I didn’t always have access to video games growing up. So, when the changing of the seasons pushed me indoors, I often turned to chess to fill the colder months. And while virtual chess games are easy to find these days, Checkmate Showdown offers a unique experience that’s part hectic instinct and part meditative strategy.
Checkmate Showdown largely functions as a chess game. The board — deemed a battlefield by the developers — hosts the usual court of pieces and follows long-established patterns. However, taking my opponent’s tokens requires me to win a actual fight, complete with combos and tag team mechanics. So, hopping into a game means putting both reflexes and strategic thinking to the test. The unusual match-up makes for a fair rainy-day diversion.
There are several different modes, both online and off. But considering the nature of chess, you need an opponent to play. That can be a friend on the couch, a stranger on the internet, or a CPU waiting on a chance to destroy you.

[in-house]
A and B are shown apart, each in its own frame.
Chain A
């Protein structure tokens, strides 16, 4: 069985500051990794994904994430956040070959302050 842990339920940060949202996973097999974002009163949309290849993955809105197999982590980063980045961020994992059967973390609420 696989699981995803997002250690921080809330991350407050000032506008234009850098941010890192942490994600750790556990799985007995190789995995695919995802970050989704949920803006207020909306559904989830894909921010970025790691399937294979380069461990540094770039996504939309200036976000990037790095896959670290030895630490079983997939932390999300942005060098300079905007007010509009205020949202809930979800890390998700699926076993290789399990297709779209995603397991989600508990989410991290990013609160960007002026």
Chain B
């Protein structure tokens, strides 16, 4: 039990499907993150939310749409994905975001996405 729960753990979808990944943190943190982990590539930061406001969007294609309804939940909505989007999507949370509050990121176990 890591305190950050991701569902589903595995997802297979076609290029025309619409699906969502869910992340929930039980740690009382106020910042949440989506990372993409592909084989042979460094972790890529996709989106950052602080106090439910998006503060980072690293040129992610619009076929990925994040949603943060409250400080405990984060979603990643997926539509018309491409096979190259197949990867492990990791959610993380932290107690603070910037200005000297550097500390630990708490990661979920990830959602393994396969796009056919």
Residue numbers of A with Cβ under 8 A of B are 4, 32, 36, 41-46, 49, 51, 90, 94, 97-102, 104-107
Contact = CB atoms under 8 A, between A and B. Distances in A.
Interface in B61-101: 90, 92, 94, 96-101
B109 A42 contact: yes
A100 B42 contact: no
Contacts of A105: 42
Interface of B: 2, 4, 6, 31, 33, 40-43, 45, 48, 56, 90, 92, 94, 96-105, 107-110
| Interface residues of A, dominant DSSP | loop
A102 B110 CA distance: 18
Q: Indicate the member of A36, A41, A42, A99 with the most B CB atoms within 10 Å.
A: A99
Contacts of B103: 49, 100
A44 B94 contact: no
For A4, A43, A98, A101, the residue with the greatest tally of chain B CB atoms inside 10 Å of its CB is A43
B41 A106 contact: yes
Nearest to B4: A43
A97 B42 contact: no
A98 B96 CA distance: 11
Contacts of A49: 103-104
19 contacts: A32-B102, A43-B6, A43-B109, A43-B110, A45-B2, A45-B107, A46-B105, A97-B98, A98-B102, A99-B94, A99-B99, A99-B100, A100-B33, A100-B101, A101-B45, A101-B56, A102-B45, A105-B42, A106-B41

Aiming to make the game accessible for fighting game enthusiasts unused to chess and chess aficionados lacking in arena experience, the developers have created a suitable friendly systems. Touching board pieces highlights all their possible movements, while the fighting combos are easy to pick up — though leaving room for skilled players to engage more deeply.
My mid-level skills in either of the game’s disparate genres means a win is hard-earned. There are certainly players ready ruthlessly cut through the board and my defense. The CPU is no pushover either, and I would have liked to have difficulty options here.
However, I do hope Checkmate Showdown catches on in the competitive scene, because it seems made for spectation. I can only imagine watching a chess master who just also happens to be a top-tier fighting game player would be a sight to behold.